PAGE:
The EDP says... You might think A&E targets are useless - but frontline doctors say they’re essential

PUBLISHED: 16:14 20 February 2019 | UPDATED: 16:22 20 February 2019

Accident & Emergency Department sign at The Queen Elizabeth Hospital in King's Lynn. Photo: The Queen Elizabeth Hospital

Accident & Emergency Department sign at The Queen Elizabeth Hospital in King's Lynn. Photo: The Queen Elizabeth Hospital

The Queen Elizabeth Hospital

The number of people being seen in Norfolk’s A&E departments is now at a five year low.

While four hours might seem a reasonable amount of time to wait for care, the inability of our health service to meet the targets set of it, when it was able to before, show the significant strain it is under.

MORE: Number of patients waiting more than four hours in A&E reaches highest level in five years

And if you can wait four hours to be seen it is arguable whether your ailment is one which should be taken to A&E or not. It might be thought the target to see a patient within four hours is arbitrary, it is not.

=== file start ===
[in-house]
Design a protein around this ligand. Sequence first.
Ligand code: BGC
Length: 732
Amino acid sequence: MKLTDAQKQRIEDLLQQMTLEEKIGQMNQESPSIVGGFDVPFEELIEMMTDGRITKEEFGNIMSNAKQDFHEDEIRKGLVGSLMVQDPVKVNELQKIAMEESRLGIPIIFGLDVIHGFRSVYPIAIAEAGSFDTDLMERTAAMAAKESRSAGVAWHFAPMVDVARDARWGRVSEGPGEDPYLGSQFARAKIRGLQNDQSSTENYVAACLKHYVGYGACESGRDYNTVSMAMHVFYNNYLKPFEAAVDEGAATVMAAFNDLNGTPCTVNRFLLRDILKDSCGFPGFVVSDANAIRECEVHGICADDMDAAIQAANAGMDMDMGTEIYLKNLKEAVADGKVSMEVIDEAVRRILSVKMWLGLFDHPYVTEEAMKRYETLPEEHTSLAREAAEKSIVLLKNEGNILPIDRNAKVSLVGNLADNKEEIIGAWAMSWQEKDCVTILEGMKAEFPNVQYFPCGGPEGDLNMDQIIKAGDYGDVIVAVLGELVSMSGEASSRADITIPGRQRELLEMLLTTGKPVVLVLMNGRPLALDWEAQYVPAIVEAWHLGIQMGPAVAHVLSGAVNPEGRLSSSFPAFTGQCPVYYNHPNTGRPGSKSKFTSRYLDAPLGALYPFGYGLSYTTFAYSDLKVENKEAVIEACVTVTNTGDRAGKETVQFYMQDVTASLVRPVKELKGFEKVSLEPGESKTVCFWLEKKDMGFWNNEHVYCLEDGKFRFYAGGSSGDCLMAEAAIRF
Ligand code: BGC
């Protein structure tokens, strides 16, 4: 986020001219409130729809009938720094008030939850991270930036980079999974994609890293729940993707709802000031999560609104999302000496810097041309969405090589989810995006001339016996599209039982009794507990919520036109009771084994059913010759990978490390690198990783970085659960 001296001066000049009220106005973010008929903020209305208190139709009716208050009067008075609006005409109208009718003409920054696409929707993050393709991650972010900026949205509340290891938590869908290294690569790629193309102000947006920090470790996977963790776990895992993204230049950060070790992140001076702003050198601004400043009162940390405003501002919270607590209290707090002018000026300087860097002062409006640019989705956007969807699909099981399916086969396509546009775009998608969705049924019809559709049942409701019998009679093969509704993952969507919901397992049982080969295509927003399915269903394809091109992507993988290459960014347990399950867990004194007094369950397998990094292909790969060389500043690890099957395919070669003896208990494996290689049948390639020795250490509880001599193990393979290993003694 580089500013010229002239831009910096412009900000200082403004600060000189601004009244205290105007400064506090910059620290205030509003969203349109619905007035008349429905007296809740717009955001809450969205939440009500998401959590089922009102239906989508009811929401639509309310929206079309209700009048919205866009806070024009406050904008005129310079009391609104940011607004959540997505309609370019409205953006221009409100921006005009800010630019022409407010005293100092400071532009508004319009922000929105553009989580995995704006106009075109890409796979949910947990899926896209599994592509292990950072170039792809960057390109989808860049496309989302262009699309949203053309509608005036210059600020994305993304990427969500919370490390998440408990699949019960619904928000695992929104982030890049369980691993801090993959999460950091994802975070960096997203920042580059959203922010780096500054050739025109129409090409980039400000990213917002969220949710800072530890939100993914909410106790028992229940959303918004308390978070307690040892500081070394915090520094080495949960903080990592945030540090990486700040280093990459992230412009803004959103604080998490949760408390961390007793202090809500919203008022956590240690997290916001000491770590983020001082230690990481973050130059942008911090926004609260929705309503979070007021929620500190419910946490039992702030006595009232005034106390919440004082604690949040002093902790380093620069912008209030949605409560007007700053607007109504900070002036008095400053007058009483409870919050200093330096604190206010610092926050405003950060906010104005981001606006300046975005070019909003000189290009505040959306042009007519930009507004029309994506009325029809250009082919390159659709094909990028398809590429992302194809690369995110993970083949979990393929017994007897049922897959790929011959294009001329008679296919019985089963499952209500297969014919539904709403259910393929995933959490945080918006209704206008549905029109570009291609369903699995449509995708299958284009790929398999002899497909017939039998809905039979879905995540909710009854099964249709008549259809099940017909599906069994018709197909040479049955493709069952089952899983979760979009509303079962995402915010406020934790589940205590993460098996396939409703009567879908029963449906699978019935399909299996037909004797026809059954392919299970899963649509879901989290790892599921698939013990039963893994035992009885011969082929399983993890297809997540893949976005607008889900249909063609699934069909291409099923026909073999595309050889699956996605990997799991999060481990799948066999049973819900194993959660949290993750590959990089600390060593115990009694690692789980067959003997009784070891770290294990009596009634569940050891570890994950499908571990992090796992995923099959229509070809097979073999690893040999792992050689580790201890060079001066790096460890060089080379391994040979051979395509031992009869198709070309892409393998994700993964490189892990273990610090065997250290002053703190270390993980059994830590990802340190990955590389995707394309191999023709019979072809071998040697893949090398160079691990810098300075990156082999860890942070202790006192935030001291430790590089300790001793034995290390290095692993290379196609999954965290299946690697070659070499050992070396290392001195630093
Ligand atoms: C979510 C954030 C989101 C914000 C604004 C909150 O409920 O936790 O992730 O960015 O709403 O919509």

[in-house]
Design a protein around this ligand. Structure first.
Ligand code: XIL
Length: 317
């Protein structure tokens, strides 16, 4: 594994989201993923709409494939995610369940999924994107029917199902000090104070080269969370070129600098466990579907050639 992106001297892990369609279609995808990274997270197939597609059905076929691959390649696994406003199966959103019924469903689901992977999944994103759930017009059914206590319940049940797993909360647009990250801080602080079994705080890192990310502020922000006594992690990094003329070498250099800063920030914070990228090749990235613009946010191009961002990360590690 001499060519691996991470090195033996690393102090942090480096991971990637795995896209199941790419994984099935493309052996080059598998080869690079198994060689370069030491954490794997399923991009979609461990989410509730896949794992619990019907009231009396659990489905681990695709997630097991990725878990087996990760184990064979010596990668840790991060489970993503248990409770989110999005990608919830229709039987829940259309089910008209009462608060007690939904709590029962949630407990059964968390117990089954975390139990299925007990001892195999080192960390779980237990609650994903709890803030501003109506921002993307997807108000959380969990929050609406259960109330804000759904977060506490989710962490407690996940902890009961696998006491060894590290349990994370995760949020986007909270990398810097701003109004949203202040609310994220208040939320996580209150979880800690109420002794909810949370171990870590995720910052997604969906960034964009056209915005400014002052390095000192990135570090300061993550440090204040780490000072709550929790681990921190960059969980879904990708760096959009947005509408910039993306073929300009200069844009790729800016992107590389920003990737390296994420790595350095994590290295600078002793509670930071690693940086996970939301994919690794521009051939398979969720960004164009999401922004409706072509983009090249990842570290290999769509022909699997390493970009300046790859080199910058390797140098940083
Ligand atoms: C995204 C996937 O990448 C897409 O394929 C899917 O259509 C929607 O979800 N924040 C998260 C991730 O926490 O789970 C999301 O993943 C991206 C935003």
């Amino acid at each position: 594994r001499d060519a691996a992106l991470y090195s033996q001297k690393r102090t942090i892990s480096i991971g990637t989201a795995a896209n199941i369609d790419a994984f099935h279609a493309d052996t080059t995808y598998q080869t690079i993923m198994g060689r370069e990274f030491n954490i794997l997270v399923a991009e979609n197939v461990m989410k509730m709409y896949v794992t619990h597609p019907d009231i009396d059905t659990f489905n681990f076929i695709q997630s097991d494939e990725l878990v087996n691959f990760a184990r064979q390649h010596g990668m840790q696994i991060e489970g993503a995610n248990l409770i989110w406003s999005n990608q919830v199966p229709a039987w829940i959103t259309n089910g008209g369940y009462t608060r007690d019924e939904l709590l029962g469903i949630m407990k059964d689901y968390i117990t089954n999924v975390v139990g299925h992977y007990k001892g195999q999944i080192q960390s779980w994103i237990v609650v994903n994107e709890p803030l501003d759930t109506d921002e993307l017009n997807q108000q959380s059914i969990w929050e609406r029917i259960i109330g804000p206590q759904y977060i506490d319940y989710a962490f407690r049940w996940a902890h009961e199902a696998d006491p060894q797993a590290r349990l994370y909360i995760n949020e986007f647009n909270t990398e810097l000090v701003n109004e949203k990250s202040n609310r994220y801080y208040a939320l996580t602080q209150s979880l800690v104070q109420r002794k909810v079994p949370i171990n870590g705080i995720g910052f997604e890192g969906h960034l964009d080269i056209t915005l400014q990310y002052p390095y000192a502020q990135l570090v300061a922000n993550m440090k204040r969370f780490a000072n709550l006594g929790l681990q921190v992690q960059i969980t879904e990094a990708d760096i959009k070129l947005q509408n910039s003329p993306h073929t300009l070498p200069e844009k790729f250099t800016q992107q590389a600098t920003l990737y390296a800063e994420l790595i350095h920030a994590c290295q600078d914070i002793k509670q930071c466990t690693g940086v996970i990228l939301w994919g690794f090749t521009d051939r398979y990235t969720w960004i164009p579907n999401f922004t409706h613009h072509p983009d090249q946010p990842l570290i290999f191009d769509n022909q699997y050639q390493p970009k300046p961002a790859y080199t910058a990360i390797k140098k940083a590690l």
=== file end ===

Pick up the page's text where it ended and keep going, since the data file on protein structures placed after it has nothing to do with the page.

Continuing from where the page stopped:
The Royal College of Emergency Medicine warned only last month that scrapping the target would compromise patient safety and would allow the health service to bury its issues.

When those on the frontline are telling us it is important these targets are met, we should be listening to them.

Of course there is an issue. Not only are our hospitals at breaking point but we wait weeks to see GPs, or risk adverse out of hours services send ambulances to patients unnecessarily.

It is not the fault of staff who work extremely hard but it’s clear A&E is seen by many members of the public as a catch all, and essentially acts as a service of last resort.

Maybe Alex Stewart of Healthwatch Norfolk has got it right when he says it is time for us to start turning away those who turn up at A&E with minor ailments. But of course that is difficult to do if services elsewhere are not in place to support that.

Our health service at all angles is stuck between a rock and a hard place and the only thing which may break the deadlock, as suggested by outgoing Norfolk and Norwich Hospital boss Mark Davies, is more investment, more beds, and more staff.

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